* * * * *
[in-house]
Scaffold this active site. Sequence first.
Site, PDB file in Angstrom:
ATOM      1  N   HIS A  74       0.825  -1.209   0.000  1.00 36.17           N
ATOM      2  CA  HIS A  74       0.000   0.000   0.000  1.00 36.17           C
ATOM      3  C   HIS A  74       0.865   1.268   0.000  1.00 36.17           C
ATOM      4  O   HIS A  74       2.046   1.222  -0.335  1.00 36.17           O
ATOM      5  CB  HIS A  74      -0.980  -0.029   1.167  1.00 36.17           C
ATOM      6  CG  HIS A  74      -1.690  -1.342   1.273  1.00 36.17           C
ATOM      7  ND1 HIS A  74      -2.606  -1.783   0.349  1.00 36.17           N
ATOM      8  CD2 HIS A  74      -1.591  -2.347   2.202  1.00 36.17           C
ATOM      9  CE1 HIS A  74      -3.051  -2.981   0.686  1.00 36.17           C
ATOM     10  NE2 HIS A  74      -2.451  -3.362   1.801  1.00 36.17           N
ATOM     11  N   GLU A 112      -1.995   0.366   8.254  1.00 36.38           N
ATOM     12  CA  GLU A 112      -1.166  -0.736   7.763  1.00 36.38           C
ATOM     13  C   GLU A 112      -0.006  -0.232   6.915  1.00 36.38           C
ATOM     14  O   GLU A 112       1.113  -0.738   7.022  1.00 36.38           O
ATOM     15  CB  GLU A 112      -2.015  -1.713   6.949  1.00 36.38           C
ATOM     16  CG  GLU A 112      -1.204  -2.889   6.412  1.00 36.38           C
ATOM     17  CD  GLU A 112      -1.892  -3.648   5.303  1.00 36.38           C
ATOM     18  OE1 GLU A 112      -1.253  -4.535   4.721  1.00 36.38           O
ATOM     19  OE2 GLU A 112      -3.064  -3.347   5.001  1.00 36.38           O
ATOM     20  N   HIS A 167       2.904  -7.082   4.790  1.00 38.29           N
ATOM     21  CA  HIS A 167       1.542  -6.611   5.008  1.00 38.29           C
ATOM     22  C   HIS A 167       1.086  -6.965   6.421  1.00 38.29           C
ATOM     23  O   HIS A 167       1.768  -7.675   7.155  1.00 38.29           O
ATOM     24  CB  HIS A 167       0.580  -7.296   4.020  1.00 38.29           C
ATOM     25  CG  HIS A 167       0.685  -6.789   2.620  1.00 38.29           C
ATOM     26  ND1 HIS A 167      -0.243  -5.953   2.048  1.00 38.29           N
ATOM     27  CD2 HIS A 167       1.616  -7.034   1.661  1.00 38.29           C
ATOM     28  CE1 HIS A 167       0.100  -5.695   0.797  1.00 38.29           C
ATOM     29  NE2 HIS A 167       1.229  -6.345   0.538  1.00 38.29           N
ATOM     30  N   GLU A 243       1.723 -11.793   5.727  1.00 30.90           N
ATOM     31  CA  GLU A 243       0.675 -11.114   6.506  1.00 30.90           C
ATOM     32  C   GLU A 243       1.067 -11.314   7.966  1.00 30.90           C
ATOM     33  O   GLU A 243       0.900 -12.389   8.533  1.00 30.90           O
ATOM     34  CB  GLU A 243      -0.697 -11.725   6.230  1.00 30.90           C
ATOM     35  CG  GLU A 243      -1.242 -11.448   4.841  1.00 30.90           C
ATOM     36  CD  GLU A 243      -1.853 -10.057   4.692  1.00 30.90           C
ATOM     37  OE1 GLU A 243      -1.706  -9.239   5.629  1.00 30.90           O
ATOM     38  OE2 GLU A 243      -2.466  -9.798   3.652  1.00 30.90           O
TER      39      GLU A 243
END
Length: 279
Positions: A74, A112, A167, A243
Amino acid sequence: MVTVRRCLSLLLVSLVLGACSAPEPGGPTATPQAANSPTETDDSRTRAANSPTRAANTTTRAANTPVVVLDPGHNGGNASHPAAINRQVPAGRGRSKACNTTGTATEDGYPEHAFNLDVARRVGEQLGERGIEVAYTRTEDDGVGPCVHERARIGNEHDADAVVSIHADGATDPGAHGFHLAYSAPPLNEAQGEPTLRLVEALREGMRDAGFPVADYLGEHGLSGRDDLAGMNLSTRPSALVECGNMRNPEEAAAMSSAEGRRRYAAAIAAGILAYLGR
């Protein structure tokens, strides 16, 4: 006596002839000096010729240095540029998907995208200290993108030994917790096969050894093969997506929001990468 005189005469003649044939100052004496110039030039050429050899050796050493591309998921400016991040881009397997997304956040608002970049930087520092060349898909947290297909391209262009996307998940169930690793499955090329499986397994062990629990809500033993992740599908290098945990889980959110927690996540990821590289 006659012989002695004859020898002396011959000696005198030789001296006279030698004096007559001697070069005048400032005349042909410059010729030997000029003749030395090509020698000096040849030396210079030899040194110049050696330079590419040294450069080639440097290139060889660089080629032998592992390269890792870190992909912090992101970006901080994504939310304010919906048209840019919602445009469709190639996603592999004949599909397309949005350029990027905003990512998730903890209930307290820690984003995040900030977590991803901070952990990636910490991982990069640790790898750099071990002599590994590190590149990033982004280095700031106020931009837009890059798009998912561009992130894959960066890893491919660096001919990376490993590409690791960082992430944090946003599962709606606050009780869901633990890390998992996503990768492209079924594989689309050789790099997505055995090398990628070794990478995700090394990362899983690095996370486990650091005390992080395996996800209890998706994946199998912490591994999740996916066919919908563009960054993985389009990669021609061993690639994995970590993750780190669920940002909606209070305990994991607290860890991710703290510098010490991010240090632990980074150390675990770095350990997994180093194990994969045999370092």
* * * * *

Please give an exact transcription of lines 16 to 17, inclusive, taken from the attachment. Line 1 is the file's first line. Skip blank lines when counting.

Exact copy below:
ATOM     13  C   GLU A 112      -0.006  -0.232   6.915  1.00 36.38           C
ATOM     14  O   GLU A 112       1.113  -0.738   7.022  1.00 36.38           O